Stability of Contaminated Sediments
The research program focused on advancing the state of knowledge on physical and chemical sediment stability, the understanding and prediction of contaminant transport, and the design of long term containment methods.
Historically sediments have been a sink for the contaminant input, from rivers, urban and industrial activity as well as atmospheric input to the fjords. Significant reduction in industrial point sources has been achieved over the last decades.
Detailed site investigation can answer the question whether the sediments at present are still forming a sink or have become a secondary source of contaminants to the fjord system.
Diffuse sources related to our daily life, like run-off from traffic and urbanised areas, have been shown to be significant for the near coastal zone. This contaminant input sets clear limits to the environmental objectives that can be achieved by sediment remediation alone.
Significant environmental improvement of fjords and the coastal zone can only be achieved if a set of remedial measures is implemented that covers all relevant sources both on shore and off-shore. This clearly indicates that sediment contamination is not an echo from the past but a mirror of our daily behaviour.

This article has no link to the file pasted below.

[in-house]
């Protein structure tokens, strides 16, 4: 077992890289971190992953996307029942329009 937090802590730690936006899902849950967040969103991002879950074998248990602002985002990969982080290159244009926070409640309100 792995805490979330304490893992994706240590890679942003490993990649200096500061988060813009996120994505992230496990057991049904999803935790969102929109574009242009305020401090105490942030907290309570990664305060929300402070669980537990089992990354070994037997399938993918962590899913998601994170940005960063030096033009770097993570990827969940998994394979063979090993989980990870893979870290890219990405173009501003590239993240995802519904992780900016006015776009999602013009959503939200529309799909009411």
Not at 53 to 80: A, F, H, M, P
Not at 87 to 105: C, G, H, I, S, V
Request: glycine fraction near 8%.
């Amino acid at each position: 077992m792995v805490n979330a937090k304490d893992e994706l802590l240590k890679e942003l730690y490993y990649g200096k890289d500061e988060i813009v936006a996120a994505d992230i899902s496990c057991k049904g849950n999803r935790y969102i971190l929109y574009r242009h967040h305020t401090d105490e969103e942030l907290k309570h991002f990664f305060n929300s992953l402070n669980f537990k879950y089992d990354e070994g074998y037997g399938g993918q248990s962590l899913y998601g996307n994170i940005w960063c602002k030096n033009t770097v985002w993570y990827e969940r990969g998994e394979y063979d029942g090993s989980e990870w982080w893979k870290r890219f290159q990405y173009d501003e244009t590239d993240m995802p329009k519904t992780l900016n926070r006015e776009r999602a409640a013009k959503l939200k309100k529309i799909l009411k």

The main focus of the research was on the integration of knowledge on the physical and chemical interactions in contaminated sediments, with the following objectives:
- Quantify the principal parameters determining the physical and chemical stability of contaminants in the sediment matrix.
- Determine the contaminant migration resulting from engineering operations in contaminated sediments, like dredging, backfilling and construction works.
- Establish design criteria for containment methods with a long-term intrinsic stability and required safety.
- Develop tools to evaluate efficiency of remediation methods.
- Develop innovative methods for sediment remediation, e.g. through thin-layer capping or sorbent amendment.
The final report summarizes the main results of the research program. A bibliography of the published papers is given in the last section for further reference.
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The final report can also be downloaded digitally. (1Mb)